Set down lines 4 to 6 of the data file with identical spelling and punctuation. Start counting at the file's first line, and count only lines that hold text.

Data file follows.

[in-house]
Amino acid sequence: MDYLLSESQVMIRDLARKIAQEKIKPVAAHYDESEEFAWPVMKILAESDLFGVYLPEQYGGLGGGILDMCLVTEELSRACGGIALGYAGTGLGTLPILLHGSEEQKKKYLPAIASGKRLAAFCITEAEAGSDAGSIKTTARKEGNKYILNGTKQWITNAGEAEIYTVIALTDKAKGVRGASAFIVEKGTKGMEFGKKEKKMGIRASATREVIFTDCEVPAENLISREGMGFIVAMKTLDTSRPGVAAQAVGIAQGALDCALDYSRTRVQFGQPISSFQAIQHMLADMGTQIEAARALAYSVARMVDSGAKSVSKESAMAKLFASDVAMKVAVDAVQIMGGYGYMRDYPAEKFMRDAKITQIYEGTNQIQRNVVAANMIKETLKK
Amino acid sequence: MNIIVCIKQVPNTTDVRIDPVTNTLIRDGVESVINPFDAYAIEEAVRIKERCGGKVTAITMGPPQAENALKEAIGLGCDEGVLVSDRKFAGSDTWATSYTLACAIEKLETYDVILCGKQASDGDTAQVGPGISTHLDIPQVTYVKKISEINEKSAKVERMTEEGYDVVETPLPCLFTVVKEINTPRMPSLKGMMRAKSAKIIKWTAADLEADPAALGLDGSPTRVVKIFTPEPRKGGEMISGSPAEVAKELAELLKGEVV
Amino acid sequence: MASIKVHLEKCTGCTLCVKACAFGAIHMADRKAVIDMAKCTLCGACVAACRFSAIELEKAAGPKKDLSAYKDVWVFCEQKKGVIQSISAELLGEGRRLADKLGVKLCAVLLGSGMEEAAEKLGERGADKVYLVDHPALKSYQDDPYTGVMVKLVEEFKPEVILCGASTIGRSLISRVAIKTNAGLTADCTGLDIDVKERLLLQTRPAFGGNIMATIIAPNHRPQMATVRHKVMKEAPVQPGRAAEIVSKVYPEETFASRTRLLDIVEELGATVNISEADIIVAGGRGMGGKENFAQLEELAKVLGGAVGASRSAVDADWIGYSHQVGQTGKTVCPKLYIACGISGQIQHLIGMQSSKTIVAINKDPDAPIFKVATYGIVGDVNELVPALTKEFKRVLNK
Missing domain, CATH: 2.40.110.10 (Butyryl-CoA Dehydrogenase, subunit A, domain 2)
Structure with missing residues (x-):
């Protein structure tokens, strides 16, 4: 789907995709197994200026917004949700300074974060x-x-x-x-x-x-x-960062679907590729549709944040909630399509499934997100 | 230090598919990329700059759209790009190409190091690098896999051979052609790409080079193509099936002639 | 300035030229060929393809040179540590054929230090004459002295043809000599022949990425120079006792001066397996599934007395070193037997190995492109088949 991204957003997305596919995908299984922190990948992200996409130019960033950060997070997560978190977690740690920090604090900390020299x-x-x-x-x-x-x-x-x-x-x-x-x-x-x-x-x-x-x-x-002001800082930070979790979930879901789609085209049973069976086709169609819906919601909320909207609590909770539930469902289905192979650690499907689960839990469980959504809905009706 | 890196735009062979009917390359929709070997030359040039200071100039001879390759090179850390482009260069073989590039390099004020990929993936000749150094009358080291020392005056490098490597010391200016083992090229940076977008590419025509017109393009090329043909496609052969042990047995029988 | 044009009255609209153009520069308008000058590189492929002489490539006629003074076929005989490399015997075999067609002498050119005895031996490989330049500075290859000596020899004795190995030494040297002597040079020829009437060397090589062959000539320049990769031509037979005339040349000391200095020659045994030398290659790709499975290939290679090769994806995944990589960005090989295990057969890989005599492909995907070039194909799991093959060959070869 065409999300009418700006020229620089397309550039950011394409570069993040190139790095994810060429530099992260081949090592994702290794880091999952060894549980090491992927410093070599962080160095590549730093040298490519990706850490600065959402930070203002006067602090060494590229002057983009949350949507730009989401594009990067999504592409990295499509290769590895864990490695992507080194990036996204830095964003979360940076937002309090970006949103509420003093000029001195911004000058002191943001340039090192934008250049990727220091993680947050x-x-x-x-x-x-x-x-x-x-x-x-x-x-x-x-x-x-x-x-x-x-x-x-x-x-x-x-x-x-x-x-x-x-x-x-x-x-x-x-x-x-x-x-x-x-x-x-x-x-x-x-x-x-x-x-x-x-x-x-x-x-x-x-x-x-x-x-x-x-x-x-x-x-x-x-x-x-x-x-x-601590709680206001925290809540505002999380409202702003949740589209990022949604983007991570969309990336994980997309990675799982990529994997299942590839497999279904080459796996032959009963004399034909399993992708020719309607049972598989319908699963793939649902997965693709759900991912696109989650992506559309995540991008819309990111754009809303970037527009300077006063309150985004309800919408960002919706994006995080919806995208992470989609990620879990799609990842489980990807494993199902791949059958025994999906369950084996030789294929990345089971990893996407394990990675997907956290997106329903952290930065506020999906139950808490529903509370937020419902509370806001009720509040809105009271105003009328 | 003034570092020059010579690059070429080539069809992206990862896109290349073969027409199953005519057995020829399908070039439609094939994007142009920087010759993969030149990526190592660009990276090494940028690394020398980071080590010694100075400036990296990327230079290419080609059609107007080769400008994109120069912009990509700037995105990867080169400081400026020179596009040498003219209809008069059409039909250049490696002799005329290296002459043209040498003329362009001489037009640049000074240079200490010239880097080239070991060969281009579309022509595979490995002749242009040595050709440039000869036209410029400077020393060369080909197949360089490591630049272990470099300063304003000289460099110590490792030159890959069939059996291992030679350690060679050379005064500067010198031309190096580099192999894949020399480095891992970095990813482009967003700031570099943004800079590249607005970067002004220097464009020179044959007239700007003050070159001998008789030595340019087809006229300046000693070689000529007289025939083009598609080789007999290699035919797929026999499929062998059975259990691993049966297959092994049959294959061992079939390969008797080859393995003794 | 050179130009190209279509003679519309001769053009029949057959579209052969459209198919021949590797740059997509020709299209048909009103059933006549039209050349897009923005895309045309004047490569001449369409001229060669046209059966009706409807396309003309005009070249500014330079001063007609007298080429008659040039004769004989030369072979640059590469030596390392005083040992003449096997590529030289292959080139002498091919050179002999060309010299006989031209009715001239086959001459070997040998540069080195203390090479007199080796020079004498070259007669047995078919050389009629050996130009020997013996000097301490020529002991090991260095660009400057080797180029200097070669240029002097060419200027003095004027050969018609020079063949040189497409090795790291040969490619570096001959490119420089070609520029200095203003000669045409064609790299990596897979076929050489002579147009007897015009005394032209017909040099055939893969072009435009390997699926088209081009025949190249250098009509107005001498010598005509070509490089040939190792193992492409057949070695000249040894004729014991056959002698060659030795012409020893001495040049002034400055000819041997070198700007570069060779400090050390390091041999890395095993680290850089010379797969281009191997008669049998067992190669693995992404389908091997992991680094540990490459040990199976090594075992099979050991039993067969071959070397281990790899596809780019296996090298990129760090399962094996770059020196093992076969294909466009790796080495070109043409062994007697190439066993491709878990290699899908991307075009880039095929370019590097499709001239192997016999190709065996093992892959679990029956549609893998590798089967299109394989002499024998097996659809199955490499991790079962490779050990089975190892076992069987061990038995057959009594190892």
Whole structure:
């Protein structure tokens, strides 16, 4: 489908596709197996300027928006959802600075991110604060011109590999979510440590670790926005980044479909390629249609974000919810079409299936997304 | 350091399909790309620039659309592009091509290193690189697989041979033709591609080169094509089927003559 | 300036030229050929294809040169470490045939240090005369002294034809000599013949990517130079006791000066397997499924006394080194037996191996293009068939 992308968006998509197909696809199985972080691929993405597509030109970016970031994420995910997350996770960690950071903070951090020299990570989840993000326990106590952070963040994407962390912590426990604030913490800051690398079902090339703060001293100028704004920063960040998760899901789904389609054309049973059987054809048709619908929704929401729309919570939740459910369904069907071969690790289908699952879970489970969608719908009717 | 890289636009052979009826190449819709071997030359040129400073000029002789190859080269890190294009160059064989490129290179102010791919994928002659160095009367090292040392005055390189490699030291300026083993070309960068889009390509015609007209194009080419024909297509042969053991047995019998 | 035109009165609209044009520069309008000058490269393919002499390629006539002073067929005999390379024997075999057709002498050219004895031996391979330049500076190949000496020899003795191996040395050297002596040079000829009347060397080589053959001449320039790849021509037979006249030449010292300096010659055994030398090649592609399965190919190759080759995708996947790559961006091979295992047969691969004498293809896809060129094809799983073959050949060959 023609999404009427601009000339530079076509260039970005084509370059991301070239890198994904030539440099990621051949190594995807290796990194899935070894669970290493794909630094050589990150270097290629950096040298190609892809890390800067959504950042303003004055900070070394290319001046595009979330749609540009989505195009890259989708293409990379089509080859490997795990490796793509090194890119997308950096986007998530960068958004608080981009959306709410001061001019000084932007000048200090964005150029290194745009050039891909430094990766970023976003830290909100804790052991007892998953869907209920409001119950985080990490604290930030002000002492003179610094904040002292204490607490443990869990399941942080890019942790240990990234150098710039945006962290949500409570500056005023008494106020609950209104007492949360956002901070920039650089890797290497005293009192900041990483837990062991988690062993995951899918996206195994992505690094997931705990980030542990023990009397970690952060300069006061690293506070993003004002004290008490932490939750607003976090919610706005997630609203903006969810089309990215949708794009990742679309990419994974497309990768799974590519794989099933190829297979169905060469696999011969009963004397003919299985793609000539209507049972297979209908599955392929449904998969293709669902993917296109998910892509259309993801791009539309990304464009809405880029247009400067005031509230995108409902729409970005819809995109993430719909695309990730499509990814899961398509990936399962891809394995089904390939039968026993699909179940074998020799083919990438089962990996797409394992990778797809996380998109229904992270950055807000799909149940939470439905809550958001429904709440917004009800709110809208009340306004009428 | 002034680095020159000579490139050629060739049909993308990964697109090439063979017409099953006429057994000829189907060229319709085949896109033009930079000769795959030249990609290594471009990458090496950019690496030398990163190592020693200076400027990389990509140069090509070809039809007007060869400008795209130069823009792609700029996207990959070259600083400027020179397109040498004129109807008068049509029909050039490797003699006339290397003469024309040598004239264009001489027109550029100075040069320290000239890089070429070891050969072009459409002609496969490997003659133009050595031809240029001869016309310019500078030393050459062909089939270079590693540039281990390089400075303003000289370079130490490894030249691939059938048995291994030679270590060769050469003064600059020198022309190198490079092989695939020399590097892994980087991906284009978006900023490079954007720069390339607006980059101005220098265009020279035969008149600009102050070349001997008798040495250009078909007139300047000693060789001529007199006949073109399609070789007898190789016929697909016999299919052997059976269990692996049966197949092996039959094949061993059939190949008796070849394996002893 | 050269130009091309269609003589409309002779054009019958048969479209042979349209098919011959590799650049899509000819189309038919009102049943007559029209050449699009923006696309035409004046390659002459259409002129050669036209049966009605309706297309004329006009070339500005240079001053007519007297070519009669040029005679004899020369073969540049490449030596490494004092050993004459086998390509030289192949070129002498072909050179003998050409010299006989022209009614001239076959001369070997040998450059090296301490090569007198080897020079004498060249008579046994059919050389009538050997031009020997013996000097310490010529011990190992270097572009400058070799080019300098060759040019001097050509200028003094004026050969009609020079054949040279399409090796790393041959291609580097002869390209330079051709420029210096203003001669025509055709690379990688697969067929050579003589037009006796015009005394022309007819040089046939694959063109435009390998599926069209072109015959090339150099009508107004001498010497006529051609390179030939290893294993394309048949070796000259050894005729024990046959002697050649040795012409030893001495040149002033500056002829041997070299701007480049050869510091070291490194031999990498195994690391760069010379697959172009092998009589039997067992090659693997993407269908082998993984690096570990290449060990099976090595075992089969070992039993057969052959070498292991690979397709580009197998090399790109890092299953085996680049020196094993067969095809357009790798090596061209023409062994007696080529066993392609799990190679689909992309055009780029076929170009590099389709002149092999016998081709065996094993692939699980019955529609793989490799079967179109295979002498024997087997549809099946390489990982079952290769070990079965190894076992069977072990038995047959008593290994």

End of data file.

Amino acid sequence: MASIKVHLEKCTGCTLCVKACAFGAIHMADRKAVIDMAKCTLCGACVAACRFSAIELEKAAGPKKDLSAYKDVWVFCEQKKGVIQSISAELLGEGRRLADKLGVKLCAVLLGSGMEEAAEKLGERGADKVYLVDHPALKSYQDDPYTGVMVKLVEEFKPEVILCGASTIGRSLISRVAIKTNAGLTADCTGLDIDVKERLLLQTRPAFGGNIMATIIAPNHRPQMATVRHKVMKEAPVQPGRAAEIVSKVYPEETFASRTRLLDIVEELGATVNISEADIIVAGGRGMGGKENFAQLEELAKVLGGAVGASRSAVDADWIGYSHQVGQTGKTVCPKLYIACGISGQIQHLIGMQSSKTIVAINKDPDAPIFKVATYGIVGDVNELVPALTKEFKRVLNK
Missing domain, CATH: 2.40.110.10 (Butyryl-CoA Dehydrogenase, subunit A, domain 2)
Structure with missing residues (x-):